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I took my dad out to a local diner to discuss the idea — it was the same place where we’d hashed out long-ago plans over plates of meatloaf. He sat across from me, quietly surveying the menu. “You know,” he mused, “this place makes the best whiskey sour around.” After a pause, he asked, “So tell me, what do you want to build?”
“Simple,” I said. “A stone bench. Two pillars and a seat.” “Sounds good,” he replied. Permission granted.
On an unusually cool summer morning, I drove out to Swenson Granite Works in Newtown, Conn. When I was a kid, you bought stone at a quarry or a masonry yard, places with a massive truck scale outside the office window. Dust devils would swirl by as you shouted above the roar of rock crushers and front-end loaders.
The Swenson yard was neat and quiet. I struck up a conversation with John Doherty, the assistant manager. “This is nice stuff,” I said, admiring a silver-flecked slab of granite trucked down from Barre, Vt. “It’s the only permanent building material,” he said. “It’ll be here long after we’re gone.” The beautiful slabs were cut with a furniture-like precision and crisply stacked. Flanking them were pallets of fieldstone wrapped in wire.
Using the right tools
I bought a pair of chisels — a point and a tracer, both from Trow & Holden, a legendary New England company. The point breaks off high spots and roughs stone to shape; the tracer splits more precisely. // © Brad Paris
I had already decided to build the legs, or pillars, with rustic stone reminiscent of the stone walls that trace the hills of southern New England. Now, for the seat, I had to choose between the granite and less-formal bluestone. I decided the bluestone would be more in keeping with my dad’s yard, and ordered that, plus rock for the pillars. I signed on the dotted line for delivery. Then, before I left, I bought a pair of chisels — a point and a tracer, both from Trow & Holden, a legendary New England company. The point breaks off high spots and roughs stone to shape; the tracer splits more precisely.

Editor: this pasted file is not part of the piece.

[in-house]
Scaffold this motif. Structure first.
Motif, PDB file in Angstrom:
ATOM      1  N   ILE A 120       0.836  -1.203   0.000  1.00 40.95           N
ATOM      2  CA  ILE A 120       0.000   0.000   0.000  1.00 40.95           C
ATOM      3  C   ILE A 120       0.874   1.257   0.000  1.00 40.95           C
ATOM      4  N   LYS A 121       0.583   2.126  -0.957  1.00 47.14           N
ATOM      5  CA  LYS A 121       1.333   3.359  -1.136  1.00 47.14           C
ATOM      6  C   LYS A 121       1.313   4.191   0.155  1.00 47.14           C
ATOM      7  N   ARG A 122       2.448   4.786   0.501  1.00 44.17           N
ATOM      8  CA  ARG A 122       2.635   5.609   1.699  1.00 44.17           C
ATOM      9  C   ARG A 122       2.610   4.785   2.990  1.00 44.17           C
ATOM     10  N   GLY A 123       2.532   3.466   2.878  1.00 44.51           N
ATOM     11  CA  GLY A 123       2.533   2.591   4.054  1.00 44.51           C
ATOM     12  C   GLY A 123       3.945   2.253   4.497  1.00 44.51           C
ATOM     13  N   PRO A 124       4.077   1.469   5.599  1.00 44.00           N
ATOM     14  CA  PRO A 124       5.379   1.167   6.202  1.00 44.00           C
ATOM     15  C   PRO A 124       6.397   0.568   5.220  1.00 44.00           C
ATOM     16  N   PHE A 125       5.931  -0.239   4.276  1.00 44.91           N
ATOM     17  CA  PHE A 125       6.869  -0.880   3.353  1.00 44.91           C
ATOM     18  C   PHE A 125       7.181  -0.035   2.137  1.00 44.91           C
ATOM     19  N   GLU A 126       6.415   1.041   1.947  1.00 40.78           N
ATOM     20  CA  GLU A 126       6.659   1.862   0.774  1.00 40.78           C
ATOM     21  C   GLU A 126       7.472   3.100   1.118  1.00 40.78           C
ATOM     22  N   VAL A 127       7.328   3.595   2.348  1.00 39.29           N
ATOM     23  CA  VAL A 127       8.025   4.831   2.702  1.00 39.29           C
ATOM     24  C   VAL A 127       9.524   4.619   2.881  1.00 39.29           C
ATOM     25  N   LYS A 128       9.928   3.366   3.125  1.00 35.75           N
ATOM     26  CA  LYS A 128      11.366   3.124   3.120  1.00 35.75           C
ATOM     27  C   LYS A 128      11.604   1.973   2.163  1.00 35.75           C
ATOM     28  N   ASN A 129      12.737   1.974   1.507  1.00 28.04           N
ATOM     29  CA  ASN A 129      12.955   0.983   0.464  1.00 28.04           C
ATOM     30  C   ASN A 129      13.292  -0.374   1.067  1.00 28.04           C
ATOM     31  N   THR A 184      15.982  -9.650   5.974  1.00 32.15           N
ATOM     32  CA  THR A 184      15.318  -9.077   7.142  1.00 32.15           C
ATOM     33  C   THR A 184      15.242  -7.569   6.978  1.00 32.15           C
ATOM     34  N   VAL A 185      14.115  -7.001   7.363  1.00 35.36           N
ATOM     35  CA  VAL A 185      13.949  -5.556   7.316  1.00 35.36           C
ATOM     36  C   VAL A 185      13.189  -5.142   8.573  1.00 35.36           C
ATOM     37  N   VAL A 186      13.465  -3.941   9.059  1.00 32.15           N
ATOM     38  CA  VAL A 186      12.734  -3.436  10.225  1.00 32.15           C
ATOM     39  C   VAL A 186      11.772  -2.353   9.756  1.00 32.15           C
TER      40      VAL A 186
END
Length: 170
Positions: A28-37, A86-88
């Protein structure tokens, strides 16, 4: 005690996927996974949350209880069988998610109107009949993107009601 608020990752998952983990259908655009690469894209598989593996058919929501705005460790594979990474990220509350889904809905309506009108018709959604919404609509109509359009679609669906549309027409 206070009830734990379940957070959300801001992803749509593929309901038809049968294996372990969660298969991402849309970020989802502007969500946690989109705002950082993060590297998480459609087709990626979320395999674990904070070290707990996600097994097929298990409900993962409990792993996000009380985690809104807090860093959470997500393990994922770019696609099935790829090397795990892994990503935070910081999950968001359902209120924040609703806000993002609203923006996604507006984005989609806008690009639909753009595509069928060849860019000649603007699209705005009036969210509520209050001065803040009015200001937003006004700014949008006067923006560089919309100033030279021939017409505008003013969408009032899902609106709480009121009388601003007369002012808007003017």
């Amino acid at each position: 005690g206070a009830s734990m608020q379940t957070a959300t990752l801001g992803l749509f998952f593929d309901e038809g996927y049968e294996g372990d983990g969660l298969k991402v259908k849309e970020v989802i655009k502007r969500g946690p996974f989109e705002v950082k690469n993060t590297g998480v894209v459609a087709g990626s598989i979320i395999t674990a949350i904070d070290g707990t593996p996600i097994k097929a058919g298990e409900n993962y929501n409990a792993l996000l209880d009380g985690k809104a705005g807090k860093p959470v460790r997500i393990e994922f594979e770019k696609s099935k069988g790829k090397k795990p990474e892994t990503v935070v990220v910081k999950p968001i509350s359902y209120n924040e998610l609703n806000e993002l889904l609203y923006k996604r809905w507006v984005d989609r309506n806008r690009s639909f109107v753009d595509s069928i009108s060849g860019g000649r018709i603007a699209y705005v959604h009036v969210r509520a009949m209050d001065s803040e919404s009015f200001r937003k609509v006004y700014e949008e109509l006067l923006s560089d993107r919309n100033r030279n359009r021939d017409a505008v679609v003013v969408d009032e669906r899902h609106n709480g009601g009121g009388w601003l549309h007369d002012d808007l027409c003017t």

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Back at my dad’s, I hammered together two forms for the pillars’ concrete footings and dug them in, hitting rocks with every jab of the shovel. Next came the footings themselves. It always feels good to mix concrete. I was working over the first footing when I heard the screen door close. “Did you strike off the excess with a piece of lumber?” my father asked. “Just like you taught me when I was 12,” I replied. I remembered the lesson: Overfill the form, push the concrete down and consolidate it, then strike off the excess in a sawing motion with a 2-by-4 held on edge. Finish it with a float, which is nothing more than a piece of wood with a handle. That smoothes cement paste and sand that have been worked (or floated) to the top. My dad nodded and left for a meeting of a volunteer group he chairs. He has a lot on his plate for a guy his age.
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I mixed and placed the concrete for the second footing and had just begun floating it when there was a squeal of air brakes and a backup horn from out front. If you want materials delivered, just start floating a piece of concrete. Works every time.